Speed of coronavirus deaths shock doctors as New York toll hits new high
By Nick Brown and Gabriella Borter
NEW YORK (Reuters) - New York state, epicenter of America's coronavirus crisis, set another single-day record of COVID-19 deaths on Wednesday, as veteran doctors and nurses voiced astonishment at the speed with which patients were deteriorating and dying.
The number of known coronavirus infections in New York state alone approached 150,000 on Wednesday, even as authorities warned that the official death tally may understate the true number because it omits those who have perished at home.
"Every number is a face, " said New York Governor Andrew Cuomo, who ordered flags flown at half-staff across New York in memory of the victims.
"This virus attacked the vulnerable and attacked the weak, and it's our job as a society to protect the vulnerable."
Doctors and nurses say elderly patients and those with underlying health conditions are not the only ones who appear relatively well one moment and at death's door the next. It happens to the young and healthy, too.
Patients "look fine, feel fine, then you turn around and they're unresponsive," said Diana Torres, a nurse at Mount Sinai Hospital in New York City, the center of the nation's worst outbreak. "I'm paranoid, scared to walk out of their room."
Nearly 430,000 cases of COVID-19, the highly infectious lung disease caused by the coronavirus, were confirmed in the United States as of Wednesday afternoon, including more than 14,700 deaths. For the second straight day the virus killed at least 1,900 in a 24-hour period.
Cuomo said 779 people had died in the past day in his state. New Jersey reported 275 had died there. Both totals exceeded one-day records from just a day earlier.
Despite the grim figures, Cuomo said overall trends still appeared positive. Cuomo cited a drop in new hospitalizations and other data as evidence that New York's social-distancing restrictions were "bending the curve," helping to gain some control over the infection rate.
New York is one of 42 states where governors have issued "stay-at-home" orders and closed all non-essential workplaces.
While public health experts say such measures are vital for controlling the contagion, the restrictions have strangled the U.S. economy, leading to widespread layoffs, upheavals on Wall Street and projections of a severe recession.
Cuomo said the loss of life would likely continue at current levels or increase in days ahead as critically ill patients die after prolonged bouts hooked up to ventilators.
SCALING BACK TOLL
U.S. deaths due to coronavirus topped 14,700 on Wednesday, the second highest reported number in the world behind Italy, according to a Reuters tally.
New York state accounts for over a third of the U.S. total.
Officials have warned Americans to expect alarming numbers of coronavirus deaths this week, even as an influential university model on Wednesday scaled back its projected U.S. pandemic death toll by 26% to 60,000.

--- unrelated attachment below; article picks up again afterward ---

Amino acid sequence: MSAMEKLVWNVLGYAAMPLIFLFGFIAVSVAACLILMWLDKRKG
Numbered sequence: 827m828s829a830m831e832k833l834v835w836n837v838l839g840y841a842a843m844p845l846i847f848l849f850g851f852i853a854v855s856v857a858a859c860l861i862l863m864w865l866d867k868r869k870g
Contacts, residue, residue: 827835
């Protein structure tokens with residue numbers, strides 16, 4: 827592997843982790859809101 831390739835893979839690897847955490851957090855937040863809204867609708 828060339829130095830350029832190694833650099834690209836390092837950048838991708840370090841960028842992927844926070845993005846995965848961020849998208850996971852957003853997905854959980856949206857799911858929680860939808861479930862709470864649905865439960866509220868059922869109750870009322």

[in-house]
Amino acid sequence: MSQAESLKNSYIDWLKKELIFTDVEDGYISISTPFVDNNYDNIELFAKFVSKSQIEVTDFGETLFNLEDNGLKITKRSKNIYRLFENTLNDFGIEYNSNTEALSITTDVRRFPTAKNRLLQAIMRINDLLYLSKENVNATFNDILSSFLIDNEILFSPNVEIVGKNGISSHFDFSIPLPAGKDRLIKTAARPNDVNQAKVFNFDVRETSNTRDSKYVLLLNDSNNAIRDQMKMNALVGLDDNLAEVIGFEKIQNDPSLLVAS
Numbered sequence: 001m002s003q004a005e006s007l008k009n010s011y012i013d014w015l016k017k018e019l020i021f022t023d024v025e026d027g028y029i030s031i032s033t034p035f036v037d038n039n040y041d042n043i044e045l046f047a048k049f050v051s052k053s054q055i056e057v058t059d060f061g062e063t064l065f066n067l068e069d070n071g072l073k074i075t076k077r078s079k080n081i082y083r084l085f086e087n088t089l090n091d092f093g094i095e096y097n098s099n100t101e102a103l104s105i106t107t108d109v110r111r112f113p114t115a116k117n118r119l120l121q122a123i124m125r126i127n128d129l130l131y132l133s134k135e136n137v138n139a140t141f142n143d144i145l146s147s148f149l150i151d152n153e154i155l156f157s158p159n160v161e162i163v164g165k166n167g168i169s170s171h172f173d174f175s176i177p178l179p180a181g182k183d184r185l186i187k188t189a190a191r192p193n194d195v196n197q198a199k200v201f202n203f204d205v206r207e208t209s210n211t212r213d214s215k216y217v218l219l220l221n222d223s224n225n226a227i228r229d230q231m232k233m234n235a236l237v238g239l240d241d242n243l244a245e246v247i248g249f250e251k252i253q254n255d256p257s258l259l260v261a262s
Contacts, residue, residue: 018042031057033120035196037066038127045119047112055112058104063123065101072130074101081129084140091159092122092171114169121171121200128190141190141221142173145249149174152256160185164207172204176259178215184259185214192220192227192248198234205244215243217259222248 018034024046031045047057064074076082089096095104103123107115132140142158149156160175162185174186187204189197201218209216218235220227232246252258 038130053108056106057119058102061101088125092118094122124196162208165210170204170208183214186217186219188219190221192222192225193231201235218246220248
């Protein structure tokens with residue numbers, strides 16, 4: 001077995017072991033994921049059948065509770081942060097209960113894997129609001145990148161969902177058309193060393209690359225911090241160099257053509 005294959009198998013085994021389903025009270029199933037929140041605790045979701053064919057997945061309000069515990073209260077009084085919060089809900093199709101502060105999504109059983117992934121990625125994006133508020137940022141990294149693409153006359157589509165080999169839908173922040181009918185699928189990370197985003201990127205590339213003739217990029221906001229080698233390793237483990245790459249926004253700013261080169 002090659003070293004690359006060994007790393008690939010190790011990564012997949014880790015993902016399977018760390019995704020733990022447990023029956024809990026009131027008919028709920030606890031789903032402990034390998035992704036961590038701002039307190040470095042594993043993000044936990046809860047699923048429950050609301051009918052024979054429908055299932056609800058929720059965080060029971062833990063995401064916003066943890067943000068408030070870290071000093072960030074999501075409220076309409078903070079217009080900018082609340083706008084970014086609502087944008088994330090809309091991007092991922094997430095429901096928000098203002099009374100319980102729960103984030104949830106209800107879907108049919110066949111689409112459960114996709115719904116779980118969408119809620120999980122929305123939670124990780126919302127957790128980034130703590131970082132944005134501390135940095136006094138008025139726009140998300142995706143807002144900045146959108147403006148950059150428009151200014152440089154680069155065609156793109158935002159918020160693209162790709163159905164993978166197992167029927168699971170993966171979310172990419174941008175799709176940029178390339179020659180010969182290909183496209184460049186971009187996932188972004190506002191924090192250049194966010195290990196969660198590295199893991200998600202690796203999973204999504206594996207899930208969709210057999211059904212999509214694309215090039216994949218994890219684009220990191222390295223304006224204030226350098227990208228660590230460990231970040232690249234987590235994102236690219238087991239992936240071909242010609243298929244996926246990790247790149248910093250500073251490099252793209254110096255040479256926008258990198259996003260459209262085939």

"We are in the midst of a week of heartache," Vice President Mike Pence said during a White House briefing on Wednesday, but added, "we are beginning to see glimmers of hope."
Dr. Craig Smith, surgeon-in-chief at Presbyterian Hospital's Columbia University Medical Center in Manhattan, heralded encouraging numbers that suggested a turning tide in Wednesday's edition of his daily newsletter to staff.
There were more discharges of patients than admissions for two days running, he said, adding: "Hosanna!"
But that comes as cold comfort to some healthcare workers on the front lines, who told Reuters they have treated patients while experiencing symptoms of the novel coronavirus themselves without being able to get tested.
In Michigan, one of the few hospital systems conducting widespread diagnostic screenings of staff, found more than 700 workers were infected - over a quarter of those tested.
The continued test kit shortages - even for the workers most at risk - is “scandalous” and a serious threat to the patients they treat, said Dr. Art Caplan, a professor of bioethics at the NYU Grossman School of Medicine.
At the White House on Wednesday, U.S. President Donald Trump said he would like to reopen the U.S. economy with a "big bang" but not before the death toll is on the downslope.
Trump did not offer a time frame, but his chief economic adviser, Larry Kudlow, said on Tuesday a resumption of commerce was possible in four to eight weeks.
Louisiana is "beginning to see the flattening of the curve" with the number of new coronavirus cases reported in the past 24 hours - 746 - lower than recent days, Governor John Bel Edwards said. Louisiana had been one of the nation's hot spots.
California, like New York, had one of its highest single-day death tolls with 68 people dying of COVID-19 in the past 24 hours, Governor Gavin Newsom said. The state may not see its infection curve flattening until the end of May, requiring weeks more of social distancing, officials say.
New York City officials said a recent surge in people dying at home suggests the most populous U.S. city may be undercounting the loss of life.
"I think that's a very real possibility," Cuomo told his daily news briefing.
So far New York City's announced death toll has reflected only laboratory-confirmed COVID-19 diagnoses, mostly at hospitals. At least 200 people are believed to be dying at home in the city every day during the pandemic, authorities said.
Pence warned that Philadelphia and Pittsburgh were cities of "particular concern" as a possible future flash points in the epidemic.
(Reporting by Peter Szekely, Nick Brown, Jonathan Allen, Doina Chiacu, Susan Heavey, Maria Caspani, Brad Brooks, Susan Cornwell, Nathan Layne, Lisa Lambert, Stephanie Kelly, and Gabriella Borter; Additional reporting by Dan Whitcomb; Writing by Will Dunham and Bill Tarrant; Editing by Bill Berkrot, Cynthia Osterman and Michael Perry)